Women and Education in Brazil

[The following is one of the accounts from Better World Books' trip to Brazil to tour schools with our Latin American literacy partner: Worldfund.  Stay tuned for more!]

Women are the teachers, women are the mothers, women share what they know and lead by example. Unfortunately many women in Brazil don’t have the education or skills to support themselves. They turn to prostitution or low paying, obtuse work to support themselves and their families. While Brazil’s economy is booming, the poor are getting poorer and the rich are getting richer. As I traveled Brazil visiting schools and community programs with our partner organization Worldfund, I noticed many injustices.  What struck me most was the role of women in society.

Bebedour is a community outside the beach town of Maceio. Bebedour is like many Brazilian communities. Homes are run down, unemployment is high, waterways are polluted, streets are littered, and the public education system is deplorable. This particular town has an estimated 115,000 human beings living in it and of those 11,000 are school age children NOT attending school. Bebedour may be a typical Brazilian city, but it has one school that is not typical, it is a progressive school that nourishes not only the student’s minds and bodies, but their hearts.


Bebedour, Brazil – Greater Maceio Area

One of the volunteers at the starfish school said something that really impacted me; he said, “For many of the girls in this neighborhood their dream job is to become a maid in a hotel.” These girls have had few positive female role models in their lives to show them that there is more out there than marriage and bearing children. The starfish school is trying to change this by bringing in female professionals monthly. This is an important program because now these girls have dreams of being educators, doctors, and business professionals. Even at the ripe age of nine, these young girls are seeing a bright future and one of independence.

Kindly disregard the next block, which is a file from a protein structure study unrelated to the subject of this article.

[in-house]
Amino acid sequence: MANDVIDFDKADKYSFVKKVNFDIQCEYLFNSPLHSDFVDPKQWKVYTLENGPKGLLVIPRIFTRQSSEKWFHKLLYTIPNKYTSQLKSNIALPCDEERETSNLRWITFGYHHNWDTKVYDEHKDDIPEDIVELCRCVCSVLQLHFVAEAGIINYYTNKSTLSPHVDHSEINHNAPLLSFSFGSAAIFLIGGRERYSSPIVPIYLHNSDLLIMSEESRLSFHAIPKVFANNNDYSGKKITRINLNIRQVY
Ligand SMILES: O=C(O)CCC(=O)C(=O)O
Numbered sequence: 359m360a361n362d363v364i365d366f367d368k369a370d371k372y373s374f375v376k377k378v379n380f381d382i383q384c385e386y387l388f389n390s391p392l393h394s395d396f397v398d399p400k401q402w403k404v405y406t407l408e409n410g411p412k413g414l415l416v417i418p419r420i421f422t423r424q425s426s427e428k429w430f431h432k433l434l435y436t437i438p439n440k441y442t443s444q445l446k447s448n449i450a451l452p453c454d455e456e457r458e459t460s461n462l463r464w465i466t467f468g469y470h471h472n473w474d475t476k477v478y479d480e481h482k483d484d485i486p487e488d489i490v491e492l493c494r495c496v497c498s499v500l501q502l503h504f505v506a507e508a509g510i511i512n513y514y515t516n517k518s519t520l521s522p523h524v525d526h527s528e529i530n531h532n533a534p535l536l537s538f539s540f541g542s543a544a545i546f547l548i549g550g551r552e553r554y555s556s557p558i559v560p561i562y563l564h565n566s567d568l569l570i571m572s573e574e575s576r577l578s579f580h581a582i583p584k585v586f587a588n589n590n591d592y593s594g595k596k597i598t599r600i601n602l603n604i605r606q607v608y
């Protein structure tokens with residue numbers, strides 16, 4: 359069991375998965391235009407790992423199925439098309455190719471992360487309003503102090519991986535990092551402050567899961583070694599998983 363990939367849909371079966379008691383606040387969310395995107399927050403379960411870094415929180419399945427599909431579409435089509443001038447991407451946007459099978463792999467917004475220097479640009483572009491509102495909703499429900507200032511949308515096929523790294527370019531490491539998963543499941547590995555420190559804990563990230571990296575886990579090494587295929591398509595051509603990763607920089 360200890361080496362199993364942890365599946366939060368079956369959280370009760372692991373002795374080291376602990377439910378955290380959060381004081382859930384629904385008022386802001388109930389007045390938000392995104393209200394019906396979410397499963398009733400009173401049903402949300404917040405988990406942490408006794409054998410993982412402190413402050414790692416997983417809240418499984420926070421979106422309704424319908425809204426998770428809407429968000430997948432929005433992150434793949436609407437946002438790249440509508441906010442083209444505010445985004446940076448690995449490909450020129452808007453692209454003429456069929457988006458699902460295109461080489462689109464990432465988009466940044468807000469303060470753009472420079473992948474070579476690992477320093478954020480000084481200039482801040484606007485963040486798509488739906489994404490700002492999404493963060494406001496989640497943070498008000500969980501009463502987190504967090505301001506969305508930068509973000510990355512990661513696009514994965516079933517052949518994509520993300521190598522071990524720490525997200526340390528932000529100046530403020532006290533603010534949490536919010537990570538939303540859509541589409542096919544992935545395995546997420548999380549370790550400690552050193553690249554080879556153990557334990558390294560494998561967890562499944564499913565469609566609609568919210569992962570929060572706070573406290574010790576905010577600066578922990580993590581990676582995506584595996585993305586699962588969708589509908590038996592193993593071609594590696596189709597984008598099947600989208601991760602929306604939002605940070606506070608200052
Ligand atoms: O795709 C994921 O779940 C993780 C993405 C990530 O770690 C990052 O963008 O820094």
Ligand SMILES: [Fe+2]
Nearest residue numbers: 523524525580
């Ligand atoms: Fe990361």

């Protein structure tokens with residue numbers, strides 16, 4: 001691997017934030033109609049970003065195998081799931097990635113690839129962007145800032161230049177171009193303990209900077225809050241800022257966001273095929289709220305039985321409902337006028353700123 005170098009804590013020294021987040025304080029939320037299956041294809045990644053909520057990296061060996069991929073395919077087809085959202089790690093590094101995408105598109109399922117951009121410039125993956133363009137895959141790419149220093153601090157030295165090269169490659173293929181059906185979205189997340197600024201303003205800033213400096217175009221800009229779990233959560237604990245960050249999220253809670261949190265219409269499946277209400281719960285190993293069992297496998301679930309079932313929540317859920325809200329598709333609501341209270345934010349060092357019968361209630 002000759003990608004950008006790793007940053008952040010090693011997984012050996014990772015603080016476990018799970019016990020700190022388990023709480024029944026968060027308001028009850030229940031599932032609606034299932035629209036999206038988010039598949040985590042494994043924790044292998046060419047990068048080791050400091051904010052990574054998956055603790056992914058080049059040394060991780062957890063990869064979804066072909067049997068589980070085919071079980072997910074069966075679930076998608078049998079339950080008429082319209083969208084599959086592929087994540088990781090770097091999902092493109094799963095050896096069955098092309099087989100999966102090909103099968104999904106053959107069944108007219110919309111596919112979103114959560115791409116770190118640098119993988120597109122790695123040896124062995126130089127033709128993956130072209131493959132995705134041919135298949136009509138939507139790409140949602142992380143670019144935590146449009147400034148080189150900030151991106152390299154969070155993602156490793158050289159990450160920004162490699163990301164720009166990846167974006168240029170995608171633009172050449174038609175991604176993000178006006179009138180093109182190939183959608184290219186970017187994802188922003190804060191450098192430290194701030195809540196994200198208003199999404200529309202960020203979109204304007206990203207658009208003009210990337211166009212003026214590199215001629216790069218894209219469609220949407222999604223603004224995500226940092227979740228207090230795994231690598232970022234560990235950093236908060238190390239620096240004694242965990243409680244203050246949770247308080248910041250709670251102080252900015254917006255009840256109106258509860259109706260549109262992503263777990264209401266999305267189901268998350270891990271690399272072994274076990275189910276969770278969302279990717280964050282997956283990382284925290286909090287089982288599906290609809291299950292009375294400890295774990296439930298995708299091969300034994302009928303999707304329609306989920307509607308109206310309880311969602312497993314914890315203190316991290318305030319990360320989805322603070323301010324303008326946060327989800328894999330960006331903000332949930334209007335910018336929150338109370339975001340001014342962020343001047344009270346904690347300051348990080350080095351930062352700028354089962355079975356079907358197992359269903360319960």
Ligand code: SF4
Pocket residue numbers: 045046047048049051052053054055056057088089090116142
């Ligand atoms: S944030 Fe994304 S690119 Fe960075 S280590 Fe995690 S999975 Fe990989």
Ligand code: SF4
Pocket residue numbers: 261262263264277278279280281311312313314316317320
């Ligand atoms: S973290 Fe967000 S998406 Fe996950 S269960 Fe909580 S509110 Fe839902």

Starfish School – Greater Maceio Area

Entirely too many of the woman of Brazil depend on men to support them. Too often women are left alone because her husband abandons her or he dies. These women are often unprepared to feed their children and care for their home. Thankfully initiatives like the Mao Amiga Women’s Center are available. On the outskirts of the sprawling city of Sao Paulo, this particular program teaches women skills that can provide income for themselves and their family.  Classes include computer skills, baking, cooking, hair styling, and many more. These classes last for one year and the women that complete the program leave with more than knowledge; they leave with a self confidence they didn’t have a year before. They can now go out into their communities and earn a living wage.


Mao Amiga Women’s Center – Greater Sao Paulo Area

Thankfully, educational initiatives are changing in Brazil. The government recently made some changes that will help the failing public school system. Within the last year they have increased teacher’s salaries, and standardized the public school curriculum. The change may be slow coming, but thanks to organizations like Worldfund, there are already exceptional programs in place like the Starfish School and the Mao Amiga Women’s Center. These programs not only educate people’s minds, but provide them with a respect for their bodies and self. Self respect and confidence are the fundamental tools to success. Success breeds success and with more positive women role models, the future of Brazilian women and education is hopeful.

Mao Amiga School – Greater Sao Paulo Area

One Comment

  1. Pingback: Worldfund and your book giving/buying impact | Better World Books

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